From this September children will be given lessons in money management at school for the first time.
The details are still being worked out but it’s likely to cover topics such as budgeting, borrowing, the difference between “good debt” and “bad debt” and the amazing powers of compound interest on both sides of the balance sheet.
The news is a victory for Martin Lewis who has been campaigning for years, partly through his super successful moneysavingexpert.com website for financial education for all, but particularly for children and teenagers.
His point, which is a valid one, is that children who are surrounded by so much pressure and temptation to buy what a generation ago would have been luxuries beyond our imagination – never mind our bank accounts – are ill-equipped to cope, especially if they are being brought up by ostriches who live permanently one pay packet behind.
The debt crisis is very much like the obesity crisis – both are fuelled on a combination of apparently limitless availability of yummy dangerous stuff (food/ever-improving gadgets/disposable fashion) with little means to pay for it (far less active lives/low wages combined with ever-increasing opportunities for debt). If we don’t watch out we’ll all be lying on the sofa swigging wine and scoffing takeaway pizzas with the lights out and the curtains drawn against the bailiffs.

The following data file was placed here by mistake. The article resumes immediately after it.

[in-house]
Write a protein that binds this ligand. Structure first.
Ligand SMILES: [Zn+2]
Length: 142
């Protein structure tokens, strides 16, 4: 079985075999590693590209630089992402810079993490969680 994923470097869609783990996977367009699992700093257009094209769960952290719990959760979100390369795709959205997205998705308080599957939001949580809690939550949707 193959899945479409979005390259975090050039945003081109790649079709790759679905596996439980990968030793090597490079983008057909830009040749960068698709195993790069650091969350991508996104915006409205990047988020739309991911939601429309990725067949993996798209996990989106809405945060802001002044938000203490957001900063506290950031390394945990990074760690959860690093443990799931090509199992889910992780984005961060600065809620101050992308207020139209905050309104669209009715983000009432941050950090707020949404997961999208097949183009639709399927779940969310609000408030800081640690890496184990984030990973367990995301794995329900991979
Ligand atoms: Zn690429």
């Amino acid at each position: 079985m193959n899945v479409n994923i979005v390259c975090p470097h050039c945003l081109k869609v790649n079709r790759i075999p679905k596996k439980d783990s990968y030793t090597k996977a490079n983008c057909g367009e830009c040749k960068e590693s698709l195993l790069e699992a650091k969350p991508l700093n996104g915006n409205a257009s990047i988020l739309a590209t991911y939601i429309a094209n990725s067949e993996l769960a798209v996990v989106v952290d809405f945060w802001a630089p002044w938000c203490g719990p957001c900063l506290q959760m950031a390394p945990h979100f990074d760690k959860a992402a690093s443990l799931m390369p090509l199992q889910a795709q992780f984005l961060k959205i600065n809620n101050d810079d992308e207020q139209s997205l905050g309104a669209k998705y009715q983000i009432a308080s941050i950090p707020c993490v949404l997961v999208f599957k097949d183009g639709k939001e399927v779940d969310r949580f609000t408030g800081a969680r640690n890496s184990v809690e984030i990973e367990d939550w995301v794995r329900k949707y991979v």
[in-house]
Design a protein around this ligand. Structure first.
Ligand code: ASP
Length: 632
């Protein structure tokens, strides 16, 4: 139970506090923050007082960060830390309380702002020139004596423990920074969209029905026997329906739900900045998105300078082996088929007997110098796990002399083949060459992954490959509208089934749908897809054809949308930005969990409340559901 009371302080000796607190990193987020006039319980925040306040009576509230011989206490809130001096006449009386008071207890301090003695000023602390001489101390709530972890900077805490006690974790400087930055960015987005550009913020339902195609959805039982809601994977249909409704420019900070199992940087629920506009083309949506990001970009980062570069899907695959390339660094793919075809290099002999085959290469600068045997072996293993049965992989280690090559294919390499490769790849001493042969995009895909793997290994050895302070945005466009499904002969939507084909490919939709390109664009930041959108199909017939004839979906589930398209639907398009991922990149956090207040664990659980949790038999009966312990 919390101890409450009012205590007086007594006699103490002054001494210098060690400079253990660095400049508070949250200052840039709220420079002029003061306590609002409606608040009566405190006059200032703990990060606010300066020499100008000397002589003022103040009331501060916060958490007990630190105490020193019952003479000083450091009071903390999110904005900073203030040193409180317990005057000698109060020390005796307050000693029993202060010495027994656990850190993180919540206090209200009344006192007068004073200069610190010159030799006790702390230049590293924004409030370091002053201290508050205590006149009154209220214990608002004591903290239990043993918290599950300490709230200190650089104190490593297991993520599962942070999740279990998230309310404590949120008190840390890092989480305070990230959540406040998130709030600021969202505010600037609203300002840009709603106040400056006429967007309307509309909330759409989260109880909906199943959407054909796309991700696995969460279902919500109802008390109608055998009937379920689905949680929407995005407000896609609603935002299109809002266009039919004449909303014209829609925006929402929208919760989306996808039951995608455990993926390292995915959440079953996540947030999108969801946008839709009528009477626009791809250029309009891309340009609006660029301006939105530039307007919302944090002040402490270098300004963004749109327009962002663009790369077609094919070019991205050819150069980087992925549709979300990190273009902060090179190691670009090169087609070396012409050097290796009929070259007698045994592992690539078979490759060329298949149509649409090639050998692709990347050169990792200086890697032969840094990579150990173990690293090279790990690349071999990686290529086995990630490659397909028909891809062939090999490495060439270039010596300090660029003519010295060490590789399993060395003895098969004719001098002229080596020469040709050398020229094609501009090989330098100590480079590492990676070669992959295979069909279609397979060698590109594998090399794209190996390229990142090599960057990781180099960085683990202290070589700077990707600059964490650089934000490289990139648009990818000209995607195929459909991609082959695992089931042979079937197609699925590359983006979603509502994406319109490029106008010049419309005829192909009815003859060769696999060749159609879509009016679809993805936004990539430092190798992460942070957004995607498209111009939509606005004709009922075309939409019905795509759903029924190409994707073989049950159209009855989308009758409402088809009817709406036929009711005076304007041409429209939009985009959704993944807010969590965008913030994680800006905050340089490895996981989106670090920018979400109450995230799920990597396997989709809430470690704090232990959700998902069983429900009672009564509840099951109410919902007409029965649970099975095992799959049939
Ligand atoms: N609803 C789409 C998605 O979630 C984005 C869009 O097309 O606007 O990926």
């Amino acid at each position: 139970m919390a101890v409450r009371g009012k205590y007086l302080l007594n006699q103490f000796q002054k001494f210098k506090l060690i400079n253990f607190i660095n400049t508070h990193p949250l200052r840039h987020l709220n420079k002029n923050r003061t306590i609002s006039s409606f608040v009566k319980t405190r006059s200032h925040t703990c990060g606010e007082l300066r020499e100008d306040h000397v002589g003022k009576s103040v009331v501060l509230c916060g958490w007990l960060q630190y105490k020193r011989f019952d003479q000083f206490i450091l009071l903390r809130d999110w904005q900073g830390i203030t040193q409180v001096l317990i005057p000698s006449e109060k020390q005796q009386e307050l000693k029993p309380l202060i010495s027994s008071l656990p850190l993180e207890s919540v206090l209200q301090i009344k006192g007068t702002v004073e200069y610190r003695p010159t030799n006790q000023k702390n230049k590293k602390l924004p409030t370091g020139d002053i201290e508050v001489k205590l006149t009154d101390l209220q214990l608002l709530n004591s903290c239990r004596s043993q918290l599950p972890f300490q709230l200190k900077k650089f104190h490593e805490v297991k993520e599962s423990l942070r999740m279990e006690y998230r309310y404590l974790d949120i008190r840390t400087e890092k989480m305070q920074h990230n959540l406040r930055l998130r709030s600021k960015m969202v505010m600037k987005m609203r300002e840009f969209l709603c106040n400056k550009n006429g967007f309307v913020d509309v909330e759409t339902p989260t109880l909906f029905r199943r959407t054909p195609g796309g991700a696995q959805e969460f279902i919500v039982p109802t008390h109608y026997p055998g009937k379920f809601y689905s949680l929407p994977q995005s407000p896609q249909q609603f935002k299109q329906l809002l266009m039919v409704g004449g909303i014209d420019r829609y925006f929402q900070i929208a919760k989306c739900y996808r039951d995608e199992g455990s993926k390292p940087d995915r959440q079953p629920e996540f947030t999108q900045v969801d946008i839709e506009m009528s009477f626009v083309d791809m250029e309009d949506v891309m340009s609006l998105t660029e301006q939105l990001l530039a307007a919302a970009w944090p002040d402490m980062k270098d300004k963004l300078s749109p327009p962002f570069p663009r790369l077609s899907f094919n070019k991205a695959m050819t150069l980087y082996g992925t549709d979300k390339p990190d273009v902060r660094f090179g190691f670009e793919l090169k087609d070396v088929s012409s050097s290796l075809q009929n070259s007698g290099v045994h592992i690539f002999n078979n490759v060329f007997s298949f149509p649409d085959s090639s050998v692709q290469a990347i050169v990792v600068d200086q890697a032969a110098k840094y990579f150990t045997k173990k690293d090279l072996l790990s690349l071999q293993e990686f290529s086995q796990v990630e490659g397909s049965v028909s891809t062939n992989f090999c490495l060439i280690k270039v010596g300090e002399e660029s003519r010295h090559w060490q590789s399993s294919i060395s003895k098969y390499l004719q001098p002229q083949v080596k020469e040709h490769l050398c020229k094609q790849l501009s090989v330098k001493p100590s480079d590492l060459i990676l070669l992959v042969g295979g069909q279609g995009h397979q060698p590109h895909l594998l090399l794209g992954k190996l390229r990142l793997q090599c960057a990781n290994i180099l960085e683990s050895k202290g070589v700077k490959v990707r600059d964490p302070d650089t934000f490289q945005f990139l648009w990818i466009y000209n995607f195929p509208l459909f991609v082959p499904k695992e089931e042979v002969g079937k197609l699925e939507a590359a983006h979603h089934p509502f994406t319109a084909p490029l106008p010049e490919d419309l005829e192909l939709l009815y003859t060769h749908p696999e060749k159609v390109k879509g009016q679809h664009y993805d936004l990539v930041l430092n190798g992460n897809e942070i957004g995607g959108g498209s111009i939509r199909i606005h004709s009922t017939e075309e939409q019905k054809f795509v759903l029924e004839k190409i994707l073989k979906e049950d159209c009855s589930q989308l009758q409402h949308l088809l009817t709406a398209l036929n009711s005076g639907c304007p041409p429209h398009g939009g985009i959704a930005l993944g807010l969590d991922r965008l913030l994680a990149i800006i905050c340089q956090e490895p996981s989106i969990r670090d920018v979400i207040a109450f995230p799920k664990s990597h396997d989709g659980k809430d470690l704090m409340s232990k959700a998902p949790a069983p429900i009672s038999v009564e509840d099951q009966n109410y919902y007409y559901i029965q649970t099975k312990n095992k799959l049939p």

Alternatively I’m hoping that in the same way that Ab Fab’s Saffy became a clean-living hard-working self-starting student in response to Edina – her mother’s, flaky feckless self-indulgence – I think our children will turn their backs on their “loads-a-debt” parents’ generation and start investing in pensions not Porsches.
After all, let’s look at the evidence – today’s let’s-lunch-now-pay-never generation were raised by the real McCoy when it came to frugal living. How many of us sat drumming our fingers waiting for our parents to wind up the ribbon, smooth the tissue paper and carefully fold up the gift bag before they finally opened up the present we’d given them? And did we follow their example? Where do you keep your string? In the kitchen drawer alongside the baccy tin full of spare buttons? Or are you still waiting for the right moment to buy some to put in your darling retro “tin ‘o’ twine” you bought for £25 on eBay?
I think I know the answer.